Palfrey's Bartlett, p. 83. or when the commander of a picket station bade his men present arms to General Meade across the river at Richmond, instead of firing upon him, when they had him absolutely in their power; or when, on the other side, General Kershaw was spared by the Union officers at Fredericksburg when he alone dared ride up to reconnoitre the enemy from a knoll which was swept by the fire of the sharpshooters of both armies. Both these last incidents are related by the Rev. Robert Wilson in the Charleston (S. C.) News and Courier, quoted in the Boston Transcript (July 14, 1896). The Richmond incident was told him by Colonel McCoy of Pennsylvania, a member of General Meade's staff, and present on the occasion described. The gradual development of the Union cavalry, which at first was distinctly inferior to the Confederate and in the end overwhelmingly superior, In Crowninshield's 1st Mass. Cavalry there is an admirable essay on the development of the Union cava
Thomas Wentworth Higginson, Massachusetts in the Army and Navy during the war of 1861-1865, vol. 1, Mass. officers and men who died., List of Massachusetts officers, and soldiers who died as prisoners. (search)
. C.,Oct. 6, 1864. Wilson, George, Enlisted from Lowell.3d Mass. Cav.,Richmond, Va.,March 19, 1864. Wilson, George, Enlisted from Boston.3d Mass. Cav.,Richmond, Va.,March 19, 1864. Wilson, Hynes,57th Mass. Inf.,Danville, Va.,Dec. 17, 1864. Wilson, J.,*22d Mass. Inf.,Richmond, Va.,Jan. 8, 1864. Wilson, James,17th Mass. Inf.,Savannah, Ga.,Nov. 3, 1864. Wilson, James,2d Mass. H. A.,Andersonville, Ga.,Sept. 1, 1864. Wilson, Owen A.,2d Mass. H. A.,Charleston, S. C.,Oct. 6, 1864. Wilson, Robert,34th Mass. Inf.,Andersonville, Ga.,Aug. 25, 1864. Wilson, Samuel R.,54th Mass. Inf.,Florence, S. C.,Jan. 17, 1865. Wilson, Solon A.,2d Mass. H. A.,Andersonville, Ga.,Aug. 25, 1864. Wilson, William, Also reported mustered out, June 30, 1865.19th Mass. Inf.,Andersonville, Ga.,Oct. 8, 1864. Wilton, E.,20th Mass. Inf.,Salisbury, N. C.,--- Winchester, Silas, Corp.,23d Mass. Inf.,Florence, S. C.,Oct. 19, 1864. Wingate, George B., Bugler,1st Mass. Cav.,On Flag of Truce Boat, New York.N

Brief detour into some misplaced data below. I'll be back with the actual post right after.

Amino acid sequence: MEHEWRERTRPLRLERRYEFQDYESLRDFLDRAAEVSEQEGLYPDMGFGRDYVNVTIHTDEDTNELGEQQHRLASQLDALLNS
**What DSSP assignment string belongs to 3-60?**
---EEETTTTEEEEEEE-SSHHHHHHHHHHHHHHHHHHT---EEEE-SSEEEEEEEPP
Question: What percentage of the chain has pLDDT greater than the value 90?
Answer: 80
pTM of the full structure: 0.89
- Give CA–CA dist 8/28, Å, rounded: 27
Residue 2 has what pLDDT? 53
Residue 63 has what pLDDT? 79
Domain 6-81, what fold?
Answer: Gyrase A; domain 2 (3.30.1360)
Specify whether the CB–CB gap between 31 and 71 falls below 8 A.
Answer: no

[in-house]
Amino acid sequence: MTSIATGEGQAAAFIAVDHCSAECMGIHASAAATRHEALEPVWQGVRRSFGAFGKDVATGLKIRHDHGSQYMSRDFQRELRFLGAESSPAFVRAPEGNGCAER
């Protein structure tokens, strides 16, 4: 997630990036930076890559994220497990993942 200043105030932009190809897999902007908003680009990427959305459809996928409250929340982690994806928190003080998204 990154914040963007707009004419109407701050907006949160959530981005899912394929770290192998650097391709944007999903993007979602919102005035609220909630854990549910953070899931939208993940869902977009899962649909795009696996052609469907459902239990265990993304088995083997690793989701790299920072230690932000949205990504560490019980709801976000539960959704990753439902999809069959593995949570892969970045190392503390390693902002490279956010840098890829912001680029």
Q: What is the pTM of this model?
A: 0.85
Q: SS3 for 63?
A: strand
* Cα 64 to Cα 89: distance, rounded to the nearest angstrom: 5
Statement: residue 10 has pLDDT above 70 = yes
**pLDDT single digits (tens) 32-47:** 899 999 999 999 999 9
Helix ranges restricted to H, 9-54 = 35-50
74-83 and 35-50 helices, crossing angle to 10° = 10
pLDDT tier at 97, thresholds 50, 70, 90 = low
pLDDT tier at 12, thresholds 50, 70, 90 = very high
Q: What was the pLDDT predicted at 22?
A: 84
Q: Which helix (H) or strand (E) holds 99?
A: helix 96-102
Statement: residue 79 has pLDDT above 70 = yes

. C.,Oct. 6, 1864. Wilson, George, Enlisted from Lowell.3d Mass. Cav.,Richmond, Va.,March 19, 1864. Wilson, George, Enlisted from Boston.3d Mass. Cav.,Richmond, Va.,March 19, 1864. Wilson, Hynes,57th Mass. Inf.,Danville, Va.,Dec. 17, 1864. Wilson, J.,*22d Mass. Inf.,Richmond, Va.,Jan. 8, 1864. Wilson, James,17th Mass. Inf.,Savannah, Ga.,Nov. 3, 1864. Wilson, James,2d Mass. H. A.,Andersonville, Ga.,Sept. 1, 1864. Wilson, Owen A.,2d Mass. H. A.,Charleston, S. C.,Oct. 6, 1864. Wilson, Robert,34th Mass. Inf.,Andersonville, Ga.,Aug. 25, 1864. Wilson, Samuel R.,54th Mass. Inf.,Florence, S. C.,Jan. 17, 1865. Wilson, Solon A.,2d Mass. H. A.,Andersonville, Ga.,Aug. 25, 1864. Wilson, William, Also reported mustered out, June 30, 1865.19th Mass. Inf.,Andersonville, Ga.,Oct. 8, 1864. Wilton, E.,20th Mass. Inf.,Salisbury, N. C.,--- Winchester, Silas, Corp.,23d Mass. Inf.,Florence, S. C.,Oct. 19, 1864. Wingate, George B., Bugler,1st Mass. Cav.,On Flag of Truce Boat, New York.N